After meeting with Prime Minister Tony Abbott, Shinzo Abe has announced that Japan would abide by the International Court of Justice ruling. In a carefully worded statement, Abe said “based on this, Japan will engage in research on whaling to protect the indispensable scientific information [we need] to manage the whale resources.”
Paul Watson of Sea Shepherd, a conservation group that have long opposed Japan’s so called whale ‘research’, said that he expected Japan to try to get around the ruling of the ICJ and start a new ‘scientific’ whaling programme. Abe’s statement certainly reflects the idea that Japan will begin another hunt for whales in 2015. Peter Whish-Wilson, a Green senator, handed a letter from Sea Shepherd, warning against starting a new programme to Shinzo Abe.
Abbott refused to address the issue, citing that the friendship between Japan and Australia was “far far bigger than our disagreement on one particular subject”. Abbott stated that Japan should receive “great credit” for respecting the ICJ decision even though Japan confirmed that it would be conducting ‘research’ whaling next year. John Key, Prime Minister of New Zealand, spoke to Abe earlier in the week and said “the prime minister [of Japan] did make it clear that they are looking at what sort of whaling program, in theory, could be conducted that fits within the rules.” It was made clear that New Zealand wants to end the whaling.
“This is just commercial whaling in disguise and the Australian Greens are calling on Tony Abbott to make an absolute end to whaling and new co-operation in non-lethal research a top priority today in his discussions with PM Abe, ” said Whish-Wilson, who also claimed that the Abbott had done little about whaling since being elected. It was the previous labour government who took Japan to the ICJ on the subject on whaling and since then, there has been little involvement with the issue by the current government.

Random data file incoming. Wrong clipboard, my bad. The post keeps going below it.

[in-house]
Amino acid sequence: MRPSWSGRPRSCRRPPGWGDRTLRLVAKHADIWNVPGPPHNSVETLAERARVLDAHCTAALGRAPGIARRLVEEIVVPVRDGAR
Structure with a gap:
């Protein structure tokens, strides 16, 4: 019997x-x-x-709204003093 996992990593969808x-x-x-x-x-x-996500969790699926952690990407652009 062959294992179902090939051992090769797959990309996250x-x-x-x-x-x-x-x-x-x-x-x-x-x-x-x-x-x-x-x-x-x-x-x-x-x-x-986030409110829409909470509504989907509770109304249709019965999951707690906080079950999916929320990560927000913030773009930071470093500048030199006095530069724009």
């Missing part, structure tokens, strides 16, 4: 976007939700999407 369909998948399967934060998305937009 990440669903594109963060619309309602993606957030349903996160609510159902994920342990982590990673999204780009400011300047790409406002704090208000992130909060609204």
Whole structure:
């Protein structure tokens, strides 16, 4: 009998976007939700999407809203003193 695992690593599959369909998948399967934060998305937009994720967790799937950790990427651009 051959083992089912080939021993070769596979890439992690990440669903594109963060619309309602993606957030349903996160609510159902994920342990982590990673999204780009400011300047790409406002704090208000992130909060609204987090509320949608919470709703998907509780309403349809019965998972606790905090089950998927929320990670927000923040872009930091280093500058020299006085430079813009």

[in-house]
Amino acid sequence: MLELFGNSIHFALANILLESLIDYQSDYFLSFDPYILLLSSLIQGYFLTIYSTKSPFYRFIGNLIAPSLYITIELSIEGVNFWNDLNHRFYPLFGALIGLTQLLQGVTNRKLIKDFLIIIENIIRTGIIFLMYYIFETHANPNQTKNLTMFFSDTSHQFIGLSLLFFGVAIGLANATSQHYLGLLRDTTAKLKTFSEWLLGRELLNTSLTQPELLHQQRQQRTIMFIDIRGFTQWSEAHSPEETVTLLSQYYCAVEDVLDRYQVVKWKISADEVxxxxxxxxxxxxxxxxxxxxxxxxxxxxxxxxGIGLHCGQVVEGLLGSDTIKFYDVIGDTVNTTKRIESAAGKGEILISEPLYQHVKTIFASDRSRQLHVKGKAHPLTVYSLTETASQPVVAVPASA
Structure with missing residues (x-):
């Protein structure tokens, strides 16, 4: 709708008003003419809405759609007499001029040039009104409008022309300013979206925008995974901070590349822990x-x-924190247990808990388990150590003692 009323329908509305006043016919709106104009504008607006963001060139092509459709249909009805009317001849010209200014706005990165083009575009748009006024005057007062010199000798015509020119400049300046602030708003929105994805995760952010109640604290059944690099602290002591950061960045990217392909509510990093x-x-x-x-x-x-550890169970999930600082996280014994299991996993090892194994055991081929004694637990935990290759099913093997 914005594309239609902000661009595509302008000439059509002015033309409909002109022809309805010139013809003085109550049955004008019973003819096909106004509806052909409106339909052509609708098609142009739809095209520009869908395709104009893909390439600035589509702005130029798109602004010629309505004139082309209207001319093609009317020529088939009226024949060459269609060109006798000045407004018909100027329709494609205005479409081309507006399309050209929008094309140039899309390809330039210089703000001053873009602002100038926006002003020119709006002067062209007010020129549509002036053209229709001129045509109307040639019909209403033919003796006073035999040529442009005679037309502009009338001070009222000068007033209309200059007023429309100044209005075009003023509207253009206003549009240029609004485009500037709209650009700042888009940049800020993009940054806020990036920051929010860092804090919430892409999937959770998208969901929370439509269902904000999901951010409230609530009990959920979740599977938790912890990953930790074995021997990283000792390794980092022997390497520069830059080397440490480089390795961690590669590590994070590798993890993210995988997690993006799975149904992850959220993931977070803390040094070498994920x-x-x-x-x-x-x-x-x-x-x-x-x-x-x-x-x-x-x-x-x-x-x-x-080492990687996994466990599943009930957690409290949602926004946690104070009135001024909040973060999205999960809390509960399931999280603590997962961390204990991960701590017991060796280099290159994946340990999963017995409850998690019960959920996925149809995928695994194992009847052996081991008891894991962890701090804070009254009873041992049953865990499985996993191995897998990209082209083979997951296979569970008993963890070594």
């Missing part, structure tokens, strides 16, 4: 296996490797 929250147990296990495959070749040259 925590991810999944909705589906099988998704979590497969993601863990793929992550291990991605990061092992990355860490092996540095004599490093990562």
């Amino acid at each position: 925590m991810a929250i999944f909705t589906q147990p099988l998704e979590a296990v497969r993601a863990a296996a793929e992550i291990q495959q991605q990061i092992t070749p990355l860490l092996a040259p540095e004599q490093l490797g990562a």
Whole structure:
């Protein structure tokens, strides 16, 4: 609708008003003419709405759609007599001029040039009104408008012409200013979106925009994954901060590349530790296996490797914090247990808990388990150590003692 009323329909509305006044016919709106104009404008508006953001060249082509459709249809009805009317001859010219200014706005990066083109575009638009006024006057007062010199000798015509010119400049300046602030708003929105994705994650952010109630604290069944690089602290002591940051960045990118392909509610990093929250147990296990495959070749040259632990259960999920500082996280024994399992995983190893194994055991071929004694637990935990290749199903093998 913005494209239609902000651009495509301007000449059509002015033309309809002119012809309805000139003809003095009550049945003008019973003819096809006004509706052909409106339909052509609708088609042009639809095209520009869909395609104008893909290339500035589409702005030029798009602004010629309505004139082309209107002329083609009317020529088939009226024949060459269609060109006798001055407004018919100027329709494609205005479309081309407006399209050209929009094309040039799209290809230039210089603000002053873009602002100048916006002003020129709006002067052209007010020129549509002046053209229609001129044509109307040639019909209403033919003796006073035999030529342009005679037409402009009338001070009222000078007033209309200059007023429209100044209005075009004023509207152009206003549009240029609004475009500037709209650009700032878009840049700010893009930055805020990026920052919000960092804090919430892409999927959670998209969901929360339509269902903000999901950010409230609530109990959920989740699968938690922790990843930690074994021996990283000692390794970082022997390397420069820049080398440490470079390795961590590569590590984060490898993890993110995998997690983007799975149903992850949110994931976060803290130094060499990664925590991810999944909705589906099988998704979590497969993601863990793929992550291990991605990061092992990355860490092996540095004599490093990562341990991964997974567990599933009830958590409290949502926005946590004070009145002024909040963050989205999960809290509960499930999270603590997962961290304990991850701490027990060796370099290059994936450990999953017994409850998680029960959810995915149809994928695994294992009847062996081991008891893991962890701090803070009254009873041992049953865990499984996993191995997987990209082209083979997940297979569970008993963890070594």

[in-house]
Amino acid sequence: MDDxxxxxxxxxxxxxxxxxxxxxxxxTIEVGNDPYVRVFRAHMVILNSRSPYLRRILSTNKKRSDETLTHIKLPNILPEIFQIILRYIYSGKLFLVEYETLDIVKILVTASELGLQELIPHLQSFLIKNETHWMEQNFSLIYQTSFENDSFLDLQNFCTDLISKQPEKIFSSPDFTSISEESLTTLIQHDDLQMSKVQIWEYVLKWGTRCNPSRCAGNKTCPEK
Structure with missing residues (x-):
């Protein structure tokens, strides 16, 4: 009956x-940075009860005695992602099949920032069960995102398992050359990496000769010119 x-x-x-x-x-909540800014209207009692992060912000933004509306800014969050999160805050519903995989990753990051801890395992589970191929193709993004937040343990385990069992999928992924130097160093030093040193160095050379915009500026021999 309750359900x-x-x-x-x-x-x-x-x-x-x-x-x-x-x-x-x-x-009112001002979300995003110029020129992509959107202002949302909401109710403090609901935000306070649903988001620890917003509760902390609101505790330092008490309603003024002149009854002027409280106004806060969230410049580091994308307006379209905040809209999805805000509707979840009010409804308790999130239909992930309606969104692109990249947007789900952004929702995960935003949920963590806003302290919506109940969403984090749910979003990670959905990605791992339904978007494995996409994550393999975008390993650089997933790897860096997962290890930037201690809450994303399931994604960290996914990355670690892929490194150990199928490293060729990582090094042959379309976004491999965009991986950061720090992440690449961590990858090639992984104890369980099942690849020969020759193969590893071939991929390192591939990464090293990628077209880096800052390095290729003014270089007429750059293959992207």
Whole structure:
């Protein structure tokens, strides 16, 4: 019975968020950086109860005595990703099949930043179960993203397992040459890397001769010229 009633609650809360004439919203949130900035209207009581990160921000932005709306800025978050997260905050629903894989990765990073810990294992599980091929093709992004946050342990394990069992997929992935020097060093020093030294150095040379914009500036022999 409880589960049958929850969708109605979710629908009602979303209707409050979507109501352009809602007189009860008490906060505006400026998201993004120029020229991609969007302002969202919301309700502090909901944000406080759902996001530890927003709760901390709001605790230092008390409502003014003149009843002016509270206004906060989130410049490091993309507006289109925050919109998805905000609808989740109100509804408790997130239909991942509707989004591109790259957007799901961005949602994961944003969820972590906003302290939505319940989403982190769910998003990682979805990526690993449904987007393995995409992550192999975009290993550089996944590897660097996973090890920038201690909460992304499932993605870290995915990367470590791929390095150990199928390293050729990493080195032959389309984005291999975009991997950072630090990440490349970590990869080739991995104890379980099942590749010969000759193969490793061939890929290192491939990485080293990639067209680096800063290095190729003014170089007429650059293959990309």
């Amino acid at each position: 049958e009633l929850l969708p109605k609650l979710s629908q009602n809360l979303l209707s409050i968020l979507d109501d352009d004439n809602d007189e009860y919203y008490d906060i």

“For 10 years Japan has been calling us eco-terrorists and bandits and militants. Well the tables are turned: they’re the ones who are the criminals and we’re simply upholding international conservation law,” Mr Watson told ABC radio.
“The ICJ judgment was damning over the lack of science and the fact Japan hasn’t looked at non-lethal ways of collecting research on whales. With the methods we now have to study whales, it’s a fallacy to say you have to kill them to study them,” said Darren Kindleysides, director of the Australian Marine Conservation Society.
The whaling is senseless, even in the face of tradition. The young of Japan is rejecting whale meat, especially after findings that 2.28bn yen (£18.5m) from the recovery fund was used after the 11th March earthquake, to pay for the Antarctic hunt that year.
Yoshimasa Hayashi, Japan’s fisheries minister has stated that “In Australia they eat kangaroos. We don’t eat those animals, but we don’t stop them from doing that because we understand that’s their culture.” Overfishing in Australia has depleted many fish stocks and Western Australia introduced a shark baiting and killing program, strongly opposed by scientists, which killed 172 sharks in just 13 weeks. Japan does have a point, there is hypocrisy in this argument. However, the kangaroos are not in anyway endangered. They are listed as ‘of least concern’ whereas the whales are still trying to recover from the decimation of their populations after international commercial whaling. Whaling cannot be condoned, but there does need to be some change in the countries who are calling Japan to cease their whaling.
There is the potential that Japan may pull out of the International Whaling Commission by the end of the year, meaning that they would be free next near to continue whaling, as they wouldn’t be bound by the ban on commercial hunting. If Japan does this, there is little that can be done to stop their whaling programmes.
The ICJ’s ruling should have stopped the Japanese and it is sad to see that they are trying to get around the rules. There is no ‘scientific’ research for whales that requires them to be killed as the numerous documents from the long-term commercial whaling that was carried out before the 1980s provided a multitude of information and with the declining popularity for whale meat, the whaling should have stopped as soon as the ICJ ruled so.